Rule 5: Think long-term and make others thing long-term

Remember, bad behavior is strong in the short-term but good behavior wins over in the long-term. So to the best of your ability, make things longer-term. Build more steps into the contract. Entice others with ways you can help them down the line.

The more things seem like a one-off, the more incentive people have to pull one over on you. The more interactions or friends you have in common with other people, and the more likely you are to encounter them again, the more it makes sense for these people to treat you well.

It's why medieval kings married their sons and daughters off to the children of other royals. Now we're family. We're going to have grandchildren in common. We're going to have to play nice.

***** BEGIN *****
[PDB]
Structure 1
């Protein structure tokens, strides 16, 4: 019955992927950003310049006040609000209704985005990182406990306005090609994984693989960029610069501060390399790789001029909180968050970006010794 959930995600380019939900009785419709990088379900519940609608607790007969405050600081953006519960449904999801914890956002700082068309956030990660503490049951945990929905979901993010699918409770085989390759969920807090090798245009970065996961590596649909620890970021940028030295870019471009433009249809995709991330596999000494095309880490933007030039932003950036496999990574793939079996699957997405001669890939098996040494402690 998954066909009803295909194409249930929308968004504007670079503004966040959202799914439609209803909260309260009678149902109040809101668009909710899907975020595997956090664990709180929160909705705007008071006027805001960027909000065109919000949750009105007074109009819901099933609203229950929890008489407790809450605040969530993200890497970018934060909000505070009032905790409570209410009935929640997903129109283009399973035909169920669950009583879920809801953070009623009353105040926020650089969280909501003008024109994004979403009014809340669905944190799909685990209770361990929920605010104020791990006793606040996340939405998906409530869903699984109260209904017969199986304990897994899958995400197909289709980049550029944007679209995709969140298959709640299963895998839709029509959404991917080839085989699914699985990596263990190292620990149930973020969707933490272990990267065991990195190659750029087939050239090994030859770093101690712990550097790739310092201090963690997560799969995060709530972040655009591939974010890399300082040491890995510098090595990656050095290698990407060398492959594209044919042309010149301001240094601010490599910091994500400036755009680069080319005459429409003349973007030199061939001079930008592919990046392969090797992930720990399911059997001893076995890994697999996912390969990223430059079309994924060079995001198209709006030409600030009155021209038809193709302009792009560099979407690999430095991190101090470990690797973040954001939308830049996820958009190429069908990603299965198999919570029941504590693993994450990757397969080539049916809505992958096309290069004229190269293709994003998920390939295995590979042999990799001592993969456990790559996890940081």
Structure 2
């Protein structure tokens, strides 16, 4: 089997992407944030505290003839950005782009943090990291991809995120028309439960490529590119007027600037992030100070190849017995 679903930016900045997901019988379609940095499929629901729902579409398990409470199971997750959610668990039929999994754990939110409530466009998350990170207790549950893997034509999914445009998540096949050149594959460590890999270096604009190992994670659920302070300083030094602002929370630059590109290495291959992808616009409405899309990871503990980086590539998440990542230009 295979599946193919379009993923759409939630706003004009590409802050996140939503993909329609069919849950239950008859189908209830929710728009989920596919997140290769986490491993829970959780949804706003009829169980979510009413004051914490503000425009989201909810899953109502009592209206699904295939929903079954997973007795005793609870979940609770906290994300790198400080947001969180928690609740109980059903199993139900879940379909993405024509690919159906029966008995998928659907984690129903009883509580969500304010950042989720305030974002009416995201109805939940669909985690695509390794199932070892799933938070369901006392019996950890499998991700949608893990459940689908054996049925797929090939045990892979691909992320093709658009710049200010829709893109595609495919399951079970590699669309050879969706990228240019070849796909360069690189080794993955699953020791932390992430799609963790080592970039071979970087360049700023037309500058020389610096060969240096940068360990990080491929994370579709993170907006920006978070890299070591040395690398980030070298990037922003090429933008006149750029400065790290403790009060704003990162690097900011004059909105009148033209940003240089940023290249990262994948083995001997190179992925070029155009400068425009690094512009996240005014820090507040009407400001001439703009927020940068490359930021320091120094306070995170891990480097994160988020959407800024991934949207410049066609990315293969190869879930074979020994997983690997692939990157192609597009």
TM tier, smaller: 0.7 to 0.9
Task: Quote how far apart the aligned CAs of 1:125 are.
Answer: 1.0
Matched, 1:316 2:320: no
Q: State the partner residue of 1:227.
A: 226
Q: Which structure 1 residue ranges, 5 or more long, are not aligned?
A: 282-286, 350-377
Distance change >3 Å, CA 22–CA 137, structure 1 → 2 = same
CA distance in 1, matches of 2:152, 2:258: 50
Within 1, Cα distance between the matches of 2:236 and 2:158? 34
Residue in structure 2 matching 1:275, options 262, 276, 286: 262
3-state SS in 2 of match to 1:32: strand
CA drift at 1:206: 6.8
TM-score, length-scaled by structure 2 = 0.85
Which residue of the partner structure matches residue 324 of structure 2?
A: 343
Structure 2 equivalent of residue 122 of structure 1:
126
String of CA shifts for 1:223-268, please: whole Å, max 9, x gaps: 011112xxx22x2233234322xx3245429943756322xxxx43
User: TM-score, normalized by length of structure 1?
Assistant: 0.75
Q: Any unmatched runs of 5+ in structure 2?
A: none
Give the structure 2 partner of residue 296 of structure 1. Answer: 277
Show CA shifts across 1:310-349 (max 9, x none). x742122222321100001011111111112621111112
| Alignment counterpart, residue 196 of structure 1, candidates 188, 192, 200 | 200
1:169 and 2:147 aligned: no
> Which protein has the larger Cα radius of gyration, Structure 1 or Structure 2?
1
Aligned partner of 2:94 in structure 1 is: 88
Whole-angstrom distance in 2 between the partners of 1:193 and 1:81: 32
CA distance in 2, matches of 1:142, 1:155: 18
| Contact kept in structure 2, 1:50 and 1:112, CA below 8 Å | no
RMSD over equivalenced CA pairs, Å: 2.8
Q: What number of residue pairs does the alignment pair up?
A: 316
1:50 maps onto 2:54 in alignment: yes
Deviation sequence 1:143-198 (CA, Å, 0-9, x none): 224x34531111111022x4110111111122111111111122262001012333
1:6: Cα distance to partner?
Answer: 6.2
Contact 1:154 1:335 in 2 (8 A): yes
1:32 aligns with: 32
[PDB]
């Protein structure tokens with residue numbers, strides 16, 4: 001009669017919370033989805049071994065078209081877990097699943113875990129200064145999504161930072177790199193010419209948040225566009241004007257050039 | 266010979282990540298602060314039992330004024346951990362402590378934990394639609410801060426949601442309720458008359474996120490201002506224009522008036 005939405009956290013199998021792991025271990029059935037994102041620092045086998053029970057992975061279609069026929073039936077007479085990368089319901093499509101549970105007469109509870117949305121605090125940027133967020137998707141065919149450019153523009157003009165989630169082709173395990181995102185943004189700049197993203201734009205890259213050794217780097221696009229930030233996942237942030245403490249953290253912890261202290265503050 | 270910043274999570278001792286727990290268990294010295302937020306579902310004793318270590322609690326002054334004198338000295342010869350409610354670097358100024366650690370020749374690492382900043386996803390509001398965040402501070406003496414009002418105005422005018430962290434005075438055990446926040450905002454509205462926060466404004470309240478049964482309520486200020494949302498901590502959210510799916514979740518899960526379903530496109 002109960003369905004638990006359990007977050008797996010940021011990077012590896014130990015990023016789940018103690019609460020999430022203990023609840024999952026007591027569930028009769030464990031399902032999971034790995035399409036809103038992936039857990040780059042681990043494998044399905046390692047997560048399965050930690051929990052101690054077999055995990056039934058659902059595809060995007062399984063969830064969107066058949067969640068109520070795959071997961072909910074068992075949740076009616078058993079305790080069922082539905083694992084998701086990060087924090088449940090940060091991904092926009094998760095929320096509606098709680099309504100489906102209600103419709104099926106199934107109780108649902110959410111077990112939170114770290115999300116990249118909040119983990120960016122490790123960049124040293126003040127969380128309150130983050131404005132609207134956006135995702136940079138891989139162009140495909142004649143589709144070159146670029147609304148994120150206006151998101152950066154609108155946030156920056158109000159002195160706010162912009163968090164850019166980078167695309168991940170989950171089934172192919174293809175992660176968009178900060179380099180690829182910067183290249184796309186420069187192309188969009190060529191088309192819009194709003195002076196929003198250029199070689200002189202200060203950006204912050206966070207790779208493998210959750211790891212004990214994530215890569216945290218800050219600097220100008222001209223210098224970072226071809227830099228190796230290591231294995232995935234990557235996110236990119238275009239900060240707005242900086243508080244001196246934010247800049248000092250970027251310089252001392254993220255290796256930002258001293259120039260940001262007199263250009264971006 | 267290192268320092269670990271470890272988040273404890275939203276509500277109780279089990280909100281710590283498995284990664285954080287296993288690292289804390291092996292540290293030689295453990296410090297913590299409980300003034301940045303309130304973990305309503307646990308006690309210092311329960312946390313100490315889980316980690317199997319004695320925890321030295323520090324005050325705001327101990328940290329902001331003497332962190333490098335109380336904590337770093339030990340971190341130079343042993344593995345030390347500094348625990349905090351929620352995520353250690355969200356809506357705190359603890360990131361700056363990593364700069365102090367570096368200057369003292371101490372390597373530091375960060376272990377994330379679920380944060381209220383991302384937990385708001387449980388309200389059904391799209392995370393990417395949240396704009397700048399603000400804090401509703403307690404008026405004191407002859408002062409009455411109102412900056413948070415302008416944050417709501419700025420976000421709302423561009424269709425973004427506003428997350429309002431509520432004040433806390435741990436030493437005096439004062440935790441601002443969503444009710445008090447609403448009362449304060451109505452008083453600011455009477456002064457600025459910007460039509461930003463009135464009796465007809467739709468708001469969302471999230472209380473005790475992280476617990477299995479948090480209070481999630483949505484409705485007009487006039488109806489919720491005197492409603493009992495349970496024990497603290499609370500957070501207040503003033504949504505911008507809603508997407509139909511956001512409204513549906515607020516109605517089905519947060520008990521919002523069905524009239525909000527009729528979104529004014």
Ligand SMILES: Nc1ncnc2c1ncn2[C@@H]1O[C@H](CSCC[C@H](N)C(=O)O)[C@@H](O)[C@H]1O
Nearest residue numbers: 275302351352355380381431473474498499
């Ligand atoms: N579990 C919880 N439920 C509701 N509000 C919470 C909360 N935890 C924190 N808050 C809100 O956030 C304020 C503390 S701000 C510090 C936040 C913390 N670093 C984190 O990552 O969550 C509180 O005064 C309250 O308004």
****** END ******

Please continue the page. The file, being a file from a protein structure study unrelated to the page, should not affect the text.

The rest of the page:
Rule 6: Forgive

Life is noisy and complex, and we don't have perfect information about others and their motives.

Writing people off can be due just to a lack of clarity. Face it: you can't even always trust yourself. You say you're on a diet, then someone brings donuts to work and you blow it. Does that mean you're a bad person and you should never trust yourself again? Of course not.

That means giving second chances. You're not perfect, others aren't perfect, and sometime people get confused.

From Barking Up The Wrong Tree: The Surprising Science Behind Why Everything You Know About Success Is (Mostly) Wrong. Copyright © 2017 by Eric Barker. Reprinted with permission by HarperOne, a division of HarperCollinsPublishers.